Why? Because just like the Crawleys faced different events between 1912 and 1926, the art of filmmaking in the very same period was also meeting a change in the direction of the British winds. Many viewers may have not observed the sequence of shooting a silent film turning into sound after Lady Mary pinches the idea to the director that much of this is largely inspired by the making of Alfred Hitchcock‘s 1929 film ‘Blackmail‘ which is the first sound film in British filmmaking history. Blackmail was supposed to be a silent film but the producer let Hitchcock make some portions of the film in sound. But Hitchcock decided to make the entire film talkie. Just like depicted in Downton Abbey, Blackmail had a leading actress with a weak English accent and was dubbed by someone else. Moreover, Downton Abbey’s executive producer Gareth Neame is the grandson of Ronald Neame and was the assistant cameraman for ‘Blackmail’ before he established a prominent name in the film industry.


CLOSING REMARKS

Should Downton Abbey continue from here? I would love to see Julian Fellowes writing more about the Crawleys until the end of the Second World War if he guarantees that the aesthetics and quality will not compromise at all. Overall, Julian Fellowes offers another masterpiece presentation of the Crawleys with the visible ‘New Era’ elements. The loyalists of this drama will understand the film and praise it highly.

RATINGS: 8.2/10

TV Review: The Tower

Sergeant Collins (Gemma Whelan) and constable Bradshaw (Jimmy Akingbola) are immediately called to reach the southeast of London where a veteran constable and a teenage girl have died by falling from a tower. When Collins reaches the roof of the building, she finds a young rookie officer Lizzie Adama (Tahirah Sharif), and a five-year-old boy alive. When the investigation begins, Lizzie disappears and the crime investigation gets intense when Collins discovers that Lizzie is a prime witness against a gangster.

The Tower is a limited series by ITV that presents just another British excellence in the portrayal of crime investigations. The show’s plot twists and the complexity of the characters are interesting but the suspense is flat. It is quite easy to guess what exactly would have happened on the roof.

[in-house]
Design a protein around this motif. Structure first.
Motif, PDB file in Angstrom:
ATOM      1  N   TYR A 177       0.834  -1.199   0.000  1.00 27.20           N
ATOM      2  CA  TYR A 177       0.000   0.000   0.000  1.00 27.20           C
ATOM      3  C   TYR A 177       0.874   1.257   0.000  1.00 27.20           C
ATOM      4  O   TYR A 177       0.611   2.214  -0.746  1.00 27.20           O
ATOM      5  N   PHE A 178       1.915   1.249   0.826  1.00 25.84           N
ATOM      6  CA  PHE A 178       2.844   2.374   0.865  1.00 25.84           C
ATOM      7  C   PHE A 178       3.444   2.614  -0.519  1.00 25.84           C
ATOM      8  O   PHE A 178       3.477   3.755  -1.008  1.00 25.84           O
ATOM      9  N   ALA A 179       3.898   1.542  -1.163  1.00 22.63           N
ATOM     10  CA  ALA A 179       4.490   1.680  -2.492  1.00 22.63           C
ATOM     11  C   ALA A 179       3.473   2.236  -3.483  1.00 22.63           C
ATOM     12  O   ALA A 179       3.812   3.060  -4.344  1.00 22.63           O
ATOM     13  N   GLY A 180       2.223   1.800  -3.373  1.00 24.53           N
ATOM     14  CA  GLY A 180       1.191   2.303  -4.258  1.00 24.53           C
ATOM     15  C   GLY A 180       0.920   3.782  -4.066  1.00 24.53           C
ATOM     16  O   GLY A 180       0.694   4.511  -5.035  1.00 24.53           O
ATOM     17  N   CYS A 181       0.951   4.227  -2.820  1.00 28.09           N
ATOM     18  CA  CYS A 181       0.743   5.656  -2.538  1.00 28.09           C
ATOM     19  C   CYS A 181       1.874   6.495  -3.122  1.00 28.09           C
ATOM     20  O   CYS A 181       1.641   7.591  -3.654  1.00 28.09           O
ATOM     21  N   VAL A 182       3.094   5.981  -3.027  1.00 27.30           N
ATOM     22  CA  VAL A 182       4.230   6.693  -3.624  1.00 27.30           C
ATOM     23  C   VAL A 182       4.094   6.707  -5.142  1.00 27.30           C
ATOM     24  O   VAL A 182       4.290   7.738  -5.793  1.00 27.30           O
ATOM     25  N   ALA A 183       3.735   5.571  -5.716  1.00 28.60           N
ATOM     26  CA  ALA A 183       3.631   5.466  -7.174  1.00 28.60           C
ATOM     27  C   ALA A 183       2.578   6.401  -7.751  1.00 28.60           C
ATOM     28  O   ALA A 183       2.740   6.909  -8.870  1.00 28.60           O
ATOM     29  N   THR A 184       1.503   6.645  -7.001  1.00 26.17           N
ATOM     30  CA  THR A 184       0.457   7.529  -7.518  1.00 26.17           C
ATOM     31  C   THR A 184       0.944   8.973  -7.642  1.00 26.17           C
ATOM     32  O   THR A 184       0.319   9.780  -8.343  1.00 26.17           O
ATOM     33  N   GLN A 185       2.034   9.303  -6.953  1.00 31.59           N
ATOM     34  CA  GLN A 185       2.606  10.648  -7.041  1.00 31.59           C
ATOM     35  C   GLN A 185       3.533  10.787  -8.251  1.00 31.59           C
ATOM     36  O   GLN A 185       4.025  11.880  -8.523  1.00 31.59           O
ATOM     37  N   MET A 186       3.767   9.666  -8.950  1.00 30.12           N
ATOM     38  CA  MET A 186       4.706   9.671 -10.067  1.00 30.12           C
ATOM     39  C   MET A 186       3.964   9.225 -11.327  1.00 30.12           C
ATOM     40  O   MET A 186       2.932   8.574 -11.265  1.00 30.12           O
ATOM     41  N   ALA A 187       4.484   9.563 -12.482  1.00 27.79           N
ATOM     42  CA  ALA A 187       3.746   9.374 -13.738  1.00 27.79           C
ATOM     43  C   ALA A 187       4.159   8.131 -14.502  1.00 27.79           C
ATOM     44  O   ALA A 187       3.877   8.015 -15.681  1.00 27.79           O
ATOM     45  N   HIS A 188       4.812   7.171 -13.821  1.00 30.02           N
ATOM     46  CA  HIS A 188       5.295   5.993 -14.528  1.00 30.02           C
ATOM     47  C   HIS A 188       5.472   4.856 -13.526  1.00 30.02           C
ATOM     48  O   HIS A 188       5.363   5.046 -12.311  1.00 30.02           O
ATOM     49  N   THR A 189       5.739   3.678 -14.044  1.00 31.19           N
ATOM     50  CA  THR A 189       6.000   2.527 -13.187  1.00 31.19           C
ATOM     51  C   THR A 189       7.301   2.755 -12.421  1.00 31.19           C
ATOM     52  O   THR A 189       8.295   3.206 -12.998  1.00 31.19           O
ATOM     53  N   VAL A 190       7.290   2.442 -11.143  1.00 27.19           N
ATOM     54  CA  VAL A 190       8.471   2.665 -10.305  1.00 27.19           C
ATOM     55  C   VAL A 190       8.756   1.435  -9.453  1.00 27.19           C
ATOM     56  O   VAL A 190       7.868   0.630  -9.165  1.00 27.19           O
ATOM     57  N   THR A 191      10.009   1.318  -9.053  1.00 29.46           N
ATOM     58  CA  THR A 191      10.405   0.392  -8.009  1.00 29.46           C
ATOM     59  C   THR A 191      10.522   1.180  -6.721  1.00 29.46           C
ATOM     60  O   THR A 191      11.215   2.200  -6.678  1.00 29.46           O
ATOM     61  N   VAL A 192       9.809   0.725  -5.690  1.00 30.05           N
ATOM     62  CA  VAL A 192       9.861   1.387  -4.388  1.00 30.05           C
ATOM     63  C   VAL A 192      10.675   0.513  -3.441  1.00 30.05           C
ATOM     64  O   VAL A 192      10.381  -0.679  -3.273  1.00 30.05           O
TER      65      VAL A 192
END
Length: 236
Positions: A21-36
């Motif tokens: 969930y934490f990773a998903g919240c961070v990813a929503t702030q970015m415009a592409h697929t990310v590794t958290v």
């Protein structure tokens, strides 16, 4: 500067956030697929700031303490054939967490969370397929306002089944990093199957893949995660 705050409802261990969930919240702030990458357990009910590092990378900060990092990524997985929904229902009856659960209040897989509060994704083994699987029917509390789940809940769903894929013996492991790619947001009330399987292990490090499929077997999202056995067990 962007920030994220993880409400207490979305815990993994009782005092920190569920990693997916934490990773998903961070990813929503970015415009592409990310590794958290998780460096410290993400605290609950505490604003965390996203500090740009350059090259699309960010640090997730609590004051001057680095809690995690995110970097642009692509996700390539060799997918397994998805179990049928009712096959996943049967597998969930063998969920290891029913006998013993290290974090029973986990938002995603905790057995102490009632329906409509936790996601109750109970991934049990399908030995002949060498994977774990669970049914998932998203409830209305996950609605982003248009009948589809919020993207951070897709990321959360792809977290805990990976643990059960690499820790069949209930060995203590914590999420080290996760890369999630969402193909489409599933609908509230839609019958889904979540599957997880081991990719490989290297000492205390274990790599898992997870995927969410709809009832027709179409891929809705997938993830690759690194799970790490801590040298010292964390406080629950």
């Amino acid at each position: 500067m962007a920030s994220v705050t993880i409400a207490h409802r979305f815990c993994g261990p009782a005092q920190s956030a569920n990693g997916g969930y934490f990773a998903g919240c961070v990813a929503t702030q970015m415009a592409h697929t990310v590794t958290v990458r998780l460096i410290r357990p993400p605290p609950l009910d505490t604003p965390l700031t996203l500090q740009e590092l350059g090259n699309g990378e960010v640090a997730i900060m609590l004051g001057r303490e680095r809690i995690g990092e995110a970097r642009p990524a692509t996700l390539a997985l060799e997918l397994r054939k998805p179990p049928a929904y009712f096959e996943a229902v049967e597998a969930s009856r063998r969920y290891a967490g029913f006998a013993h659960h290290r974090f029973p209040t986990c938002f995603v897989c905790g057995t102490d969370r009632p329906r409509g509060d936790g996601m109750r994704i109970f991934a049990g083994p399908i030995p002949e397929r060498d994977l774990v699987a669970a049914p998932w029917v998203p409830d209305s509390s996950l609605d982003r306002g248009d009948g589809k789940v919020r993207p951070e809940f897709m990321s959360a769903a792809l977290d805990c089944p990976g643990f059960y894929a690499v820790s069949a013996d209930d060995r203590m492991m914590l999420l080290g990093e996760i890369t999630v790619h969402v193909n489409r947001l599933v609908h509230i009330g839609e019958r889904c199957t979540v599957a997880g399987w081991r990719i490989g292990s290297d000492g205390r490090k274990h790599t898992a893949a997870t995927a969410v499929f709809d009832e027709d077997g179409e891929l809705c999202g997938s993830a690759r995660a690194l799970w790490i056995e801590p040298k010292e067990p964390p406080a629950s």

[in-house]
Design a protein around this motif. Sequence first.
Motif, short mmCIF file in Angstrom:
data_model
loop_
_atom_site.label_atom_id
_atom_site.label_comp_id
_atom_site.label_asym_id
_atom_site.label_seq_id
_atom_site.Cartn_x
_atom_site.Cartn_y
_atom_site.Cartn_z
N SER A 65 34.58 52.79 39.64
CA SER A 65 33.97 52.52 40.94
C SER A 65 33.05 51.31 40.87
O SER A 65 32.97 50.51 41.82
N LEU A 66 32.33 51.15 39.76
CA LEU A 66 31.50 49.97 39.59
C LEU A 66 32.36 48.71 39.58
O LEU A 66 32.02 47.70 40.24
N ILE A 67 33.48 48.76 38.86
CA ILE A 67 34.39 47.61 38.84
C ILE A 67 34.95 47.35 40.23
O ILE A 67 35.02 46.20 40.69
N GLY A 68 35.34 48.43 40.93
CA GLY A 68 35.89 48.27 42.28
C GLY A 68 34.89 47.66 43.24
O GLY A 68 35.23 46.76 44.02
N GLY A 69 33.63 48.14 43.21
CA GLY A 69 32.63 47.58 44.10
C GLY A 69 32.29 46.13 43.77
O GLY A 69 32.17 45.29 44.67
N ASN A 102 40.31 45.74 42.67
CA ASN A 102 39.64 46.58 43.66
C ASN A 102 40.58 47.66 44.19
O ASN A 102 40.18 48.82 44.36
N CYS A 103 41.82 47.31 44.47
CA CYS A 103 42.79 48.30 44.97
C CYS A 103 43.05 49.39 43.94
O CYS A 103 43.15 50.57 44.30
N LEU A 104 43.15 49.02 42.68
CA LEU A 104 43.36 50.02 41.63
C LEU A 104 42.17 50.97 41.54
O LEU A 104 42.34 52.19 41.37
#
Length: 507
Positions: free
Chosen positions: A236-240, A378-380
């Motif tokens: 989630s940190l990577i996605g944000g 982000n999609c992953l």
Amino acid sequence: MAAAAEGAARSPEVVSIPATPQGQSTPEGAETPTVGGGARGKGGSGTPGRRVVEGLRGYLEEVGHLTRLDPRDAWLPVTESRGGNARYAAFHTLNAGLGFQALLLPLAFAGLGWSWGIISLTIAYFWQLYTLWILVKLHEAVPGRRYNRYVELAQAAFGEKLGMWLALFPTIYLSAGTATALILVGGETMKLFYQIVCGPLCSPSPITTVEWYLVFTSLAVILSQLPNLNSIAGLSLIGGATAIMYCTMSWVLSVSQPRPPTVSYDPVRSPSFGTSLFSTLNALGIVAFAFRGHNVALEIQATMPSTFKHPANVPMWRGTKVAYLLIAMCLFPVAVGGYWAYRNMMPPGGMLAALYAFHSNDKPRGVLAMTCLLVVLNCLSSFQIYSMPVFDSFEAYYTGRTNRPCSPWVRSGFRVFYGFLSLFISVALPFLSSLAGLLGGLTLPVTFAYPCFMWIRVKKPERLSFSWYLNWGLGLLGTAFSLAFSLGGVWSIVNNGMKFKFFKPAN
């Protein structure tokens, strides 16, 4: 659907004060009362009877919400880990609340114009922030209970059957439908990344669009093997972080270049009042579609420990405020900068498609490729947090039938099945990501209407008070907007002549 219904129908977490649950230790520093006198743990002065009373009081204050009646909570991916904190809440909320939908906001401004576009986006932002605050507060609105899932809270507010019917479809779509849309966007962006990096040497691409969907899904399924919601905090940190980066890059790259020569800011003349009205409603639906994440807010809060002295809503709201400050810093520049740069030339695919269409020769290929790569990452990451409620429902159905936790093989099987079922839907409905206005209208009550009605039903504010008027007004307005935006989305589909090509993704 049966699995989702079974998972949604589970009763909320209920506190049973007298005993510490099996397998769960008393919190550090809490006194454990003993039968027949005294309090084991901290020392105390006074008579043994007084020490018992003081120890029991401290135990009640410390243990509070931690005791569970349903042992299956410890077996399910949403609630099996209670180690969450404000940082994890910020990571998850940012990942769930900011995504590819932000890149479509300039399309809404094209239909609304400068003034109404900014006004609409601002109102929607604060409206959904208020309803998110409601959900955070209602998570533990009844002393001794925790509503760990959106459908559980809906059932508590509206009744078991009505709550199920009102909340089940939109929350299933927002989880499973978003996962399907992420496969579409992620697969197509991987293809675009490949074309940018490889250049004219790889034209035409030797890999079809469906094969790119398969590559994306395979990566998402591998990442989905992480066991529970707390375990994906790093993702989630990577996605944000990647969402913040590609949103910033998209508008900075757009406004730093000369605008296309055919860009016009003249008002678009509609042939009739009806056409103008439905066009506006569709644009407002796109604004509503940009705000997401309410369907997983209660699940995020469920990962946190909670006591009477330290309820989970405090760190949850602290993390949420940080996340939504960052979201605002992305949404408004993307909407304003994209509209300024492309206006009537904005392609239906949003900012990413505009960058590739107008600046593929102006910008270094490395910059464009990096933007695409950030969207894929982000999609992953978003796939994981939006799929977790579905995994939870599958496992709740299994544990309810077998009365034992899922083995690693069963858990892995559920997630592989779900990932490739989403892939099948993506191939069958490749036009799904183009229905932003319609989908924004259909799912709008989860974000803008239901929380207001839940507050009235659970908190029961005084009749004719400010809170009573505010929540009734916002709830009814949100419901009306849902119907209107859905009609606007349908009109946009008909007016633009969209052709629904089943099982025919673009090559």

What I liked the most about the show was how one crime case connects to the other. The show is too smart to make the audience understand that there are elements of racism in the police and sometimes, the deception jeopardizes their lives. The best case was PC Hadley who looked like a decent fellow for most of the time until there was proof that he did pass racist remarks. The audience is compelled to believe that Hadley could have never been at fault.

I think The Tower also accomplishes in stretching the matter of the witness being silent due to the trauma or the threat. The more the show expands Lizzie Adama’s character, the depth of silence becomes noisier with the flashbacks and her meetings with Shaw.

Gemma Whelan as DS Collins deserves praise for quite an impressive performance. I like how Collins is written in the show that looked like some sad cop running from some personal tragedy and also striving to solve a crime at the same time.

The way the show has ended, there is an indication that the show is just warming up. Because this show is based on the book ‘Post Mortem‘ which was the first in Kate London‘s trilogy book series. If that is so, I am eager to see how the screenwriting does justice in the continuity of an excellent police crime drama.